Staying with Lit Reactor, I assume you’re a Chuck Palahniuk fan. Which book of his is your favorite and why?

WHO ISN’T A FAN OF CHUCK PALAHNIUK!? I would say that, like most of us, Consider This is my favorite of his work. It is an incredible achievement and so, so, so valuable to all those learning the craft. He is a prolific author with a lot to teach. Whether you’re a writer or a reader, this book offers a plethora of experiences that are compelling, motivational, and worldly. I cannot recommend it enough.

Yeah, I put Consider This right up there with King’s On Writing. Throw in Tim Waggoner’s Writing in the Dark, and you’ve got my top 3 books on the writing craft. Palahniuk, though, he is the author who inspired me to write my first words. Unfortunately, I didn’t have my own voice yet, and my forced emulation of Chuck was AWFUL, full of overly descriptive and gross shock, shock, shock. My emulation of myself is much more readable. Ha.


When did you become a horror fan and what specific movie, book, story, tv show made that happen? Does it still hold up, today?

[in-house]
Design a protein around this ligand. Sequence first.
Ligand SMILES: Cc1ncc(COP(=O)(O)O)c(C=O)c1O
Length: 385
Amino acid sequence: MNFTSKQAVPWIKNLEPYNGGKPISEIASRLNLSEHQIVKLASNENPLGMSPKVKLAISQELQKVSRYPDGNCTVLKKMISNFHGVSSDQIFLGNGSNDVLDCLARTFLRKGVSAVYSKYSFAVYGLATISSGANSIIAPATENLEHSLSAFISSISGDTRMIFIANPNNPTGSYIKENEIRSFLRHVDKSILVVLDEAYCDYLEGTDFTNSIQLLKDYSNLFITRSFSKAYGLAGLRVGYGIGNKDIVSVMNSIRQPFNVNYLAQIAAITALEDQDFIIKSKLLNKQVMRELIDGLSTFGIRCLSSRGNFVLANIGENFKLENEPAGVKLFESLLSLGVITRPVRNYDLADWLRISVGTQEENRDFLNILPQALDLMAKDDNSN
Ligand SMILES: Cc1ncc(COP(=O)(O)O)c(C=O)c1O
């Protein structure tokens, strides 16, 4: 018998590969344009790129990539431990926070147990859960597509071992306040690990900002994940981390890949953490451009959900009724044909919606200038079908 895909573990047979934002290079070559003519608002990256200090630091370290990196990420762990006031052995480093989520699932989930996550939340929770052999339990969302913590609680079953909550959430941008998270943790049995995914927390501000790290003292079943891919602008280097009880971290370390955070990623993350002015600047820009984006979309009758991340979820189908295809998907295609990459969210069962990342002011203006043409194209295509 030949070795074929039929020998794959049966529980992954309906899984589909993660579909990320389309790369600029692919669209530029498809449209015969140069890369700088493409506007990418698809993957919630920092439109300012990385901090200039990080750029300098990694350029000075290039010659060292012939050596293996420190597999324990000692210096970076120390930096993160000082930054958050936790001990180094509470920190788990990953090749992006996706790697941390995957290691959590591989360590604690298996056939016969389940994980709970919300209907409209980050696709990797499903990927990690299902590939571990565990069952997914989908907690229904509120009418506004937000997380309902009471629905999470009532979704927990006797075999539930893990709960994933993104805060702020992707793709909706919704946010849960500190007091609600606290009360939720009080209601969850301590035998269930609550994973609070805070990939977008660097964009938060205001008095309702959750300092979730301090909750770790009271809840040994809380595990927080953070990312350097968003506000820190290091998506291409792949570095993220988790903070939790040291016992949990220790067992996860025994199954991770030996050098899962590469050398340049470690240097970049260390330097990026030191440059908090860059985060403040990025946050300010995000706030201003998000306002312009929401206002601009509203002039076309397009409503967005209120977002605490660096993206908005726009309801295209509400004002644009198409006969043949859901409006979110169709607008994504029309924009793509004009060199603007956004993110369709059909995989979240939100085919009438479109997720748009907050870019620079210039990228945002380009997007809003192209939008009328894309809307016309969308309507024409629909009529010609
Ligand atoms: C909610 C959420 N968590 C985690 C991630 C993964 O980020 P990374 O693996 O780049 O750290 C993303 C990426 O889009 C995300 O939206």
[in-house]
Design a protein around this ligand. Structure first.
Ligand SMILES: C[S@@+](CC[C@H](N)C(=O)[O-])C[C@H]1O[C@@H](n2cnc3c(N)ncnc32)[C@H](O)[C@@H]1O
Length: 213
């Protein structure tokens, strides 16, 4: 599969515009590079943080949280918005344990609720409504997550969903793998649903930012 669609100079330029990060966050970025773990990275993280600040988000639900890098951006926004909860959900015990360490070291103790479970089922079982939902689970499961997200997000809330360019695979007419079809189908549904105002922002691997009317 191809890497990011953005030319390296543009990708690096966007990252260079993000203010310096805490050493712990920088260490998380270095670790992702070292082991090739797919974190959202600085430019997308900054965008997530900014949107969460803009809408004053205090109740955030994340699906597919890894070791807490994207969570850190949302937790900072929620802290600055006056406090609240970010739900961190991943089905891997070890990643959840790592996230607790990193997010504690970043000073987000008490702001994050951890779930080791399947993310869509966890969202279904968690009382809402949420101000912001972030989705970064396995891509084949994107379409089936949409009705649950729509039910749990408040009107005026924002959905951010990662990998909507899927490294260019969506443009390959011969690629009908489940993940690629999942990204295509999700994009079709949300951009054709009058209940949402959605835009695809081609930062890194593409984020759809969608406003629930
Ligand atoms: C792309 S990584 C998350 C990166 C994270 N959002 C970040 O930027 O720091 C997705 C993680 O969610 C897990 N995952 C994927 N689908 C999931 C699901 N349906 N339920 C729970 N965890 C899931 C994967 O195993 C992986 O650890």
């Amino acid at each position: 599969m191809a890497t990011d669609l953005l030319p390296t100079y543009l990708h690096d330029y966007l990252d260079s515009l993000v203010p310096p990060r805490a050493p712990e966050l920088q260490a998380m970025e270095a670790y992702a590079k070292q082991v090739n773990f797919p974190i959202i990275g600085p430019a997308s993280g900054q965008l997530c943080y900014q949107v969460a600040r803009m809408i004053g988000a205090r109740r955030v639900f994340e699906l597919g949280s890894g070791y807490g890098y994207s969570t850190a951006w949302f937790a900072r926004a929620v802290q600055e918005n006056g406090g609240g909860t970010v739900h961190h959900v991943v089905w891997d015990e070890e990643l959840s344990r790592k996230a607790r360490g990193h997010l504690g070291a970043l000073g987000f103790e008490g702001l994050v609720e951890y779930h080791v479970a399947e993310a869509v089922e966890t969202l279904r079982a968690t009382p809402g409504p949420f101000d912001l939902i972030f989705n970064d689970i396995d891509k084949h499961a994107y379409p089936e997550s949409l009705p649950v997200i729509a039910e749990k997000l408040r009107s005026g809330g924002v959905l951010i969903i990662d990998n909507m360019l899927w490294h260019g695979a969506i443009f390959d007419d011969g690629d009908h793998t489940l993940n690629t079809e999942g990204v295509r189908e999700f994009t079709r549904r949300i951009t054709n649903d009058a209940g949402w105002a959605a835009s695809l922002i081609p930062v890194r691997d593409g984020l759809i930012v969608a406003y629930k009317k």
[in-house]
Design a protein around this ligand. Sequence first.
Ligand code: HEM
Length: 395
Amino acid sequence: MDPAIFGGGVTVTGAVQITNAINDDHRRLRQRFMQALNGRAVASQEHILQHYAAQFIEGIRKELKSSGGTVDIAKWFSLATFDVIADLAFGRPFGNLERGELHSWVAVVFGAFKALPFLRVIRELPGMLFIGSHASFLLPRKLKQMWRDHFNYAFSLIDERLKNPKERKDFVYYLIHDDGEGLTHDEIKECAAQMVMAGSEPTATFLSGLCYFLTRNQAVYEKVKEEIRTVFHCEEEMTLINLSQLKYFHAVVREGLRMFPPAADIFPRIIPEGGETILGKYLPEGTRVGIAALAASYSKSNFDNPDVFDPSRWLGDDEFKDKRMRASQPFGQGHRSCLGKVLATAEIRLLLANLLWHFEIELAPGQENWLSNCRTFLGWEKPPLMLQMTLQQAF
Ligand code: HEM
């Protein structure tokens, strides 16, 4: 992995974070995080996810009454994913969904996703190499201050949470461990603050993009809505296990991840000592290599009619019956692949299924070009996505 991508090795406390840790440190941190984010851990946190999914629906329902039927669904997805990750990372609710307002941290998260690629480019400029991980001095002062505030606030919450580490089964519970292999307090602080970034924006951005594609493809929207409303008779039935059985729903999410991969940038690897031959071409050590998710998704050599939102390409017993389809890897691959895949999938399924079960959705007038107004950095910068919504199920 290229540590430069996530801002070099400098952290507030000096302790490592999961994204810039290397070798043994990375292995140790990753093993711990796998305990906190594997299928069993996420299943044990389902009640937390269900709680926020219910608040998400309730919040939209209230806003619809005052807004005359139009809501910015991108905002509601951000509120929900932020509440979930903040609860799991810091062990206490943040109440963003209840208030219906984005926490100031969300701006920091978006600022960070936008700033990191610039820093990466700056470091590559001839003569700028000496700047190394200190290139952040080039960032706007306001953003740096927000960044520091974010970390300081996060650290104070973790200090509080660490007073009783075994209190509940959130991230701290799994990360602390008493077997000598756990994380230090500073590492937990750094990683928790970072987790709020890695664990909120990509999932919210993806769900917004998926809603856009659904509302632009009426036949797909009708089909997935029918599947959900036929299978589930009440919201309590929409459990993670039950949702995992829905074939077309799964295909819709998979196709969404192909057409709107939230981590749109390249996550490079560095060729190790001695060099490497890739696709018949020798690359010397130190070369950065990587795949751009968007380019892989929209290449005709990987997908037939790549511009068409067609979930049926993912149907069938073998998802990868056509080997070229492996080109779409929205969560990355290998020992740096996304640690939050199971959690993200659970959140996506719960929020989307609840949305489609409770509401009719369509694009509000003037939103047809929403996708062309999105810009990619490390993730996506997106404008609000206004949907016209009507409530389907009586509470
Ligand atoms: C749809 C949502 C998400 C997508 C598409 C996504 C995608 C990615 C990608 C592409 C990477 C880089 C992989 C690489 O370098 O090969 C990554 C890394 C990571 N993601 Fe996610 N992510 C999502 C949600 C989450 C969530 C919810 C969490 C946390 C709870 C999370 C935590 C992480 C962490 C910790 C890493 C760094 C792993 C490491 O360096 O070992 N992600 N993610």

You know what? It doesn’t feel like that long ago. Certainly not horror fiction anyways. As an elementary school kid, my best friend and I would rent horror movies. We had a letter on file at the rental store from my buddy’s mom allowing us to rent whatever the hell we wanted. AND WE DID! I’ve seen them all. I also remember reading Goosebumps and watching Are You Afraid of the Dark? But as I got older, I didn’t pursue the macabre. It wasn’t until my son was born that I got into reading again. Our little guy would nap, and I would get sucked into a book. It started with Game of Thrones (eye roll), and Michael Crichton novels which were great. Then one late night shift at work I decided to listen to a scary audiobook. I listened to the first chapter of N0S4A2 by Joe Hill and immediately turned it off. It scared the living hell outta me. I decided on Pet Semetary by Stephen King instead and was hooked. The narration of that book by Michael C. Hall is fantastic. After a few more King books I returned to N0S4A2 (now, one of my all-time favorites) and never looked back. I became obsessed with horror fiction ever since.